HOT SPRINGS – Mars Hill welcomed an art gallery in September 2021, and now Hot Springs has one, too.
Gallery 339, located in the old Biker Depot building on the bypass, hosted its grand opening ceremony April 16, according to owner Terry Thirion.
“It’s exciting, but it’s also scary because I’m asking, ‘What do I do? What is my best way of going about doing this? What do people want? How do I attract people to come here?'” Said Thirion. “We just have to see what comes up. I trust that something good comes out of this.”
Thirion, originally from Belgium, has owned a home on the Laurel River in Hot Springs for 25 years with her husband, Bob Fitzpatrick. The couple permanently moved to Madison County from Charlotte last May.
The gallery currently features three artists – Thirion, Jennifer Boylan and Swannanoa resident Elaine Lacy.
Thirion calls herself an “experimental painter,” as she employs impressionist, abstract expressionist and even mixed media styles in her work.
The owner said some of her favorite subjects include frogs, birds and moths.
“I see birds everywhere,” Thirion said. “Butterflies and moths, they’re easily moving. The birds, too. They just can join us when we’re in pain.”
Lacy takes a lot of her inspiration from nature, too, she said.
“My love for ceramic art derives from the deep joy I feel when touching the earth and observing some of its most beautiful features, especially trees, birds and flowers,” she said in her artist statement on her website. “Creating a piece of art from soft clay acts as a form of meditation and a way of expressing gratitude for the profound beauty that surrounds me.
“While my initial artistic training was in drawing, oil painting and photography, I have delighted in depicting elements of the natural world on a ceramic” canvas, “both for display and for daily use. Each hand-painted piece is made with the hope that it will delight those with whom it lives and engender an appreciation of the magic of the world in which we live.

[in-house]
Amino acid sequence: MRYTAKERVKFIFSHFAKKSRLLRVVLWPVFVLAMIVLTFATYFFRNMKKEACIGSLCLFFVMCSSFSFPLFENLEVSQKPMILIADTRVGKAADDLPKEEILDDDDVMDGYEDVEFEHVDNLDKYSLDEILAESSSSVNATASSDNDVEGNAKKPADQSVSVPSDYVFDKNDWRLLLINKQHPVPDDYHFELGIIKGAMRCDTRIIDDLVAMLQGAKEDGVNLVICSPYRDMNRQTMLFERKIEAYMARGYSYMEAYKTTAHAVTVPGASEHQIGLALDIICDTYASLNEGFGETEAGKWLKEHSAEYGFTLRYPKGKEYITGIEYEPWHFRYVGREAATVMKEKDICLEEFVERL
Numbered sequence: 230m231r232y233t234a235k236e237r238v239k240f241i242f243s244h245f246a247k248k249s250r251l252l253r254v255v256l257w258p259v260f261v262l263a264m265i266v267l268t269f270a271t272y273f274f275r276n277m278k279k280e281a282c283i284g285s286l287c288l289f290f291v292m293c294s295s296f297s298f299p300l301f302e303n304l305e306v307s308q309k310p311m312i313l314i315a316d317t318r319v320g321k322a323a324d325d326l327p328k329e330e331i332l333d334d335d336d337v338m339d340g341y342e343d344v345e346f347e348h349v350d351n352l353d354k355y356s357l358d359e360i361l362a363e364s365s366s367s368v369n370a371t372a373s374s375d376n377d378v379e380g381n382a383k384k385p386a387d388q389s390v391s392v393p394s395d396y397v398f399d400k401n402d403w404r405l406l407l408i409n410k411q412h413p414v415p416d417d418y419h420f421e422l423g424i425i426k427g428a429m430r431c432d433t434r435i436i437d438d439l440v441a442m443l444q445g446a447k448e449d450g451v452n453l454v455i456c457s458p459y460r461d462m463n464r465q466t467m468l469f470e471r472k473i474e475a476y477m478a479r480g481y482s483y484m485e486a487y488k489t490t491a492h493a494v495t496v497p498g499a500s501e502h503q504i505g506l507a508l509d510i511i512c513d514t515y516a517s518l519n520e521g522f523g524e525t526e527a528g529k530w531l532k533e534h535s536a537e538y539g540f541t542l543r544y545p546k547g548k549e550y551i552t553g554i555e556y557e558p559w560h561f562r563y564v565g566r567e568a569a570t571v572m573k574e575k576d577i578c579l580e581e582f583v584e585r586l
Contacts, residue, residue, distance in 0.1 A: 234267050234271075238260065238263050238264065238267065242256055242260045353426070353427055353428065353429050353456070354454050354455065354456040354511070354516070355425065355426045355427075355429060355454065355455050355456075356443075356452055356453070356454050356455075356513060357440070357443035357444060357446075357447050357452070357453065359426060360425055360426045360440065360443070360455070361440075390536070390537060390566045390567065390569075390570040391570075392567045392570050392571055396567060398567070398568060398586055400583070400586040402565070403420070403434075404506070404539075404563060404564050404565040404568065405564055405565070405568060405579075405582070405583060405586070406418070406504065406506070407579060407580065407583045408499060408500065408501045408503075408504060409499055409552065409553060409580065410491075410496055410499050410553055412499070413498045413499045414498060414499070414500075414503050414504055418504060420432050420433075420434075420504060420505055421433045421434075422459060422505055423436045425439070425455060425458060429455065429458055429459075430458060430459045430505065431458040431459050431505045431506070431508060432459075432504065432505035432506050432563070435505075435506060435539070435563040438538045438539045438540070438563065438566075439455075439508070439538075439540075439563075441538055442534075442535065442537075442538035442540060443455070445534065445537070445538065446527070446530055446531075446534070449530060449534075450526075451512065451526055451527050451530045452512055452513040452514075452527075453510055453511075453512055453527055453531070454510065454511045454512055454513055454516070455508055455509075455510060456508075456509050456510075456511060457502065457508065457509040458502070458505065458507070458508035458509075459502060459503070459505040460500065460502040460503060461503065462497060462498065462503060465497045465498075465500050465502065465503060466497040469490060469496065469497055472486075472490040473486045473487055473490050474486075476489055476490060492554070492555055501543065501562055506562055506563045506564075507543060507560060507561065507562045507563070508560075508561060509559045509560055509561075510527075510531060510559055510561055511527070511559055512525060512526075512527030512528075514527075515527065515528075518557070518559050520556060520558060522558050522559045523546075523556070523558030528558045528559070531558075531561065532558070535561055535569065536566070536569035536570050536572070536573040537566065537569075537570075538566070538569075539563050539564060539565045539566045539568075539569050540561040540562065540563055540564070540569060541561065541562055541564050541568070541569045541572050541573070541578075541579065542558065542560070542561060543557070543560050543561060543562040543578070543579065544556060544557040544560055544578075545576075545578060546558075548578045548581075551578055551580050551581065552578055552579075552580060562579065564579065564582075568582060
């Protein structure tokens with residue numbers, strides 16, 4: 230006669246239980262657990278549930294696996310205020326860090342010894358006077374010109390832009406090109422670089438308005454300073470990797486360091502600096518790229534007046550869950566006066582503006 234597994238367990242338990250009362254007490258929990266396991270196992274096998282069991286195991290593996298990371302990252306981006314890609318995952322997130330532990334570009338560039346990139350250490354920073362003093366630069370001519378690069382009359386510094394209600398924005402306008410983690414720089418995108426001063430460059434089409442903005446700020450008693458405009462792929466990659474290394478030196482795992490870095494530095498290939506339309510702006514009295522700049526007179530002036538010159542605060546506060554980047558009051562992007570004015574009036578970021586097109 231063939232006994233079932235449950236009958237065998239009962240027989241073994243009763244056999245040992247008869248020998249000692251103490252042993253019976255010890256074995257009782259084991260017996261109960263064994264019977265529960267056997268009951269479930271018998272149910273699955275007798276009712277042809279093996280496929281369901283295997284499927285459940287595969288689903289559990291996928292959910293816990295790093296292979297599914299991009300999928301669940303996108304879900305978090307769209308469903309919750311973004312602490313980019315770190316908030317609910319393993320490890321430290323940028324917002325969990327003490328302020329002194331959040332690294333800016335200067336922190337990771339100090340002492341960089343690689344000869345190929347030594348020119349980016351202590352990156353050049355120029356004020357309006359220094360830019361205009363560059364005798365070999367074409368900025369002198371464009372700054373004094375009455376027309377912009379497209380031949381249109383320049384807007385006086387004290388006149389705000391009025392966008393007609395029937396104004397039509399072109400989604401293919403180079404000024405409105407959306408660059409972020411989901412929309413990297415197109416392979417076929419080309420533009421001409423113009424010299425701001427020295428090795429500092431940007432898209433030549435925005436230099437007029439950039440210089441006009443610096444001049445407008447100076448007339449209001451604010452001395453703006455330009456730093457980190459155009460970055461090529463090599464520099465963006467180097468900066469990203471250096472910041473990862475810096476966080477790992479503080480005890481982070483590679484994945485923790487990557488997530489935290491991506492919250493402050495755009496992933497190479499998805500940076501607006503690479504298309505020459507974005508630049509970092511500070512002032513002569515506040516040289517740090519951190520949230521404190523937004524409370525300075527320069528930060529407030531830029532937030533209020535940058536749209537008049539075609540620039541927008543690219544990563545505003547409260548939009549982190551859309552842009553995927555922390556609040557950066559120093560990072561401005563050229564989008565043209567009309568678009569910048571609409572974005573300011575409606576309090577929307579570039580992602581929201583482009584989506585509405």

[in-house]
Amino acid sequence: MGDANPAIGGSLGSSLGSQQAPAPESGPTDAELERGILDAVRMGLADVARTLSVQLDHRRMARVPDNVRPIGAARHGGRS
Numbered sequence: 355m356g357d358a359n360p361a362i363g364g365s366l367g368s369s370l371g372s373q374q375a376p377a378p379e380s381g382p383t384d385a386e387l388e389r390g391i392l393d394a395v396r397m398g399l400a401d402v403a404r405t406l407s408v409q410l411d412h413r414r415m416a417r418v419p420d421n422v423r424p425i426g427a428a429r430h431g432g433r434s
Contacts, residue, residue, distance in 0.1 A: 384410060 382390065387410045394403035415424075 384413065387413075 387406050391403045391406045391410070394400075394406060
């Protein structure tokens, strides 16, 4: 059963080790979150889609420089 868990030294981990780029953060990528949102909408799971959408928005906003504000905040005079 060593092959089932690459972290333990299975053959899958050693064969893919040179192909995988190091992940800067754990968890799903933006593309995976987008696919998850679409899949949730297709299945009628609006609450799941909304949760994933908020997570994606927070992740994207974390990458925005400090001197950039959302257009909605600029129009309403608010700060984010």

Boylan crafts rugs made from sheep’s wool, and is a painter also.
“The rugs are a passion of mine,” Boylan said. The rugs are made only from wool, no skin, meaning no sheep is harmed. I buy wool from local farmers when possible. The way I make them is a process called felting. It’s laborious. It involves hot soap, water and rolling. This helps bind the fibers. I started making them as rugs to meditate on and it evolved into an eco-home decor thing. “
Boylan said she has been making rugs for 10 years but has painted almost all of her life.
“My painting style I think can be described as ethereal and whimsical,” she said. “I love painting and am a self-taught artist. A lot of my paintings are inspired by poetry, myth, fairytales and music. I like to think that I translate living through a magical or otherworldly lens when I paint.”
The gallery operates on commission, Thirion said, adding that she hopes to bring in additional regional artists to be featured.
“The ideal situation would be that there would be a couple of artists that would want to be here in the gallery, show their work, and they would work one day a week, and that would be their payment,” she said. “They could work here, too. I’d like that. That way I could stay open more days.”
The gallery is open Thursday, Friday and Saturday, from noon to 5 pm
Thirion’s work is also featured at 362 Depot in Asheville’s River Arts District.
Thirion reserves half the building for a studio space, where she has hosted multiple workshops for the public, including a composition class in March.
“We all need composition,” the owner said. “One of the things people learned was how to see composition in a different way. It’s everywhere around us, really, composition. If you took your camera and you look in here, you can find composition in here. (In the class) we were talking about how you’re going to divide your space up – is it going to be a grid? Where’s the horizon – is it going to be at the top or the bottom? What’s the mood of the painting, or the piece of art you’re making? Why’re you doing it? You know, things like that. People need to ask themselves that. ”
For the owner, who formerly worked as a life coach, teaching others offers an equally exciting opportunity.
“I want to have my own thing,” she said. “The students have to develop their own style. I’m constantly encouraging them to develop their own style, not to do my style.”
Thirion said she plans to offer the workshops once a month and is seeking out other artists to come in and teach classes as well.
In the near future, portrait artist Nan Sherry, a Marshall resident, will offer a two-day full workshop, according to the gallery owner.
“I want to offer more workshops, especially if it can be affordable to the community,” Thirion said.
For now, the gallery owner is excited to be open and operating in Hot Springs.
“Everybody that I’ve talked to is saying, ‘We’re just so happy you’re open,'” Thirion said.